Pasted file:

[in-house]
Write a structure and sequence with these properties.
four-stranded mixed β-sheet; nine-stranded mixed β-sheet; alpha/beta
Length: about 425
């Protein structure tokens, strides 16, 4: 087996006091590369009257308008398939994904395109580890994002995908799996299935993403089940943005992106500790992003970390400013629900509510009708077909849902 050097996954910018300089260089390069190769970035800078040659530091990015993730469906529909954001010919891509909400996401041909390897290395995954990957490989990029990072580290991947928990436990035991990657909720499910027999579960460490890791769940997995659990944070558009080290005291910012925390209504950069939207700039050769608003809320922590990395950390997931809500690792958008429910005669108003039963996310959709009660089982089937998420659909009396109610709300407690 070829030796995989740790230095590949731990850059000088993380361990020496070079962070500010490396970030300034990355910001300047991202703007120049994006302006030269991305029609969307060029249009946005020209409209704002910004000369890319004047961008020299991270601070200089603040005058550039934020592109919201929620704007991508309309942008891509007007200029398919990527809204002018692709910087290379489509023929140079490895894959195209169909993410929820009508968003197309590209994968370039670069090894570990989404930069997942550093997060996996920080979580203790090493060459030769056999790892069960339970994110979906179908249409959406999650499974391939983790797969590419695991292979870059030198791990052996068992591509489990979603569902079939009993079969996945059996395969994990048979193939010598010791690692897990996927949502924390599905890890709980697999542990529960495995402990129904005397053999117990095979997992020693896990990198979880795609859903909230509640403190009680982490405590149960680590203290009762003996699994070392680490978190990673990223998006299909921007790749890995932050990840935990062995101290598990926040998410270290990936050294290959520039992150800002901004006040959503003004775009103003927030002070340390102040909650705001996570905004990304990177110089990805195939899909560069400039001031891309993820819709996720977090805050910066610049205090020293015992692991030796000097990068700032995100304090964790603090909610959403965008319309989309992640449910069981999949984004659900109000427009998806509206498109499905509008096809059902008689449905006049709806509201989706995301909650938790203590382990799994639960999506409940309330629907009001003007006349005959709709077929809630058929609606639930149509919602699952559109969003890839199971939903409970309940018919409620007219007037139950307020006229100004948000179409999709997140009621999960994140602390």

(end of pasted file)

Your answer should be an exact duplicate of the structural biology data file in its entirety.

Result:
[in-house]
Write a structure and sequence with these properties.
four-stranded mixed β-sheet; nine-stranded mixed β-sheet; alpha/beta
Length: about 425
């Protein structure tokens, strides 16, 4: 087996006091590369009257308008398939994904395109580890994002995908799996299935993403089940943005992106500790992003970390400013629900509510009708077909849902 050097996954910018300089260089390069190769970035800078040659530091990015993730469906529909954001010919891509909400996401041909390897290395995954990957490989990029990072580290991947928990436990035991990657909720499910027999579960460490890791769940997995659990944070558009080290005291910012925390209504950069939207700039050769608003809320922590990395950390997931809500690792958008429910005669108003039963996310959709009660089982089937998420659909009396109610709300407690 070829030796995989740790230095590949731990850059000088993380361990020496070079962070500010490396970030300034990355910001300047991202703007120049994006302006030269991305029609969307060029249009946005020209409209704002910004000369890319004047961008020299991270601070200089603040005058550039934020592109919201929620704007991508309309942008891509007007200029398919990527809204002018692709910087290379489509023929140079490895894959195209169909993410929820009508968003197309590209994968370039670069090894570990989404930069997942550093997060996996920080979580203790090493060459030769056999790892069960339970994110979906179908249409959406999650499974391939983790797969590419695991292979870059030198791990052996068992591509489990979603569902079939009993079969996945059996395969994990048979193939010598010791690692897990996927949502924390599905890890709980697999542990529960495995402990129904005397053999117990095979997992020693896990990198979880795609859903909230509640403190009680982490405590149960680590203290009762003996699994070392680490978190990673990223998006299909921007790749890995932050990840935990062995101290598990926040998410270290990936050294290959520039992150800002901004006040959503003004775009103003927030002070340390102040909650705001996570905004990304990177110089990805195939899909560069400039001031891309993820819709996720977090805050910066610049205090020293015992692991030796000097990068700032995100304090964790603090909610959403965008319309989309992640449910069981999949984004659900109000427009998806509206498109499905509008096809059902008689449905006049709806509201989706995301909650938790203590382990799994639960999506409940309330629907009001003007006349005959709709077929809630058929609606639930149509919602699952559109969003890839199971939903409970309940018919409620007219007037139950307020006229100004948000179409999709997140009621999960994140602390």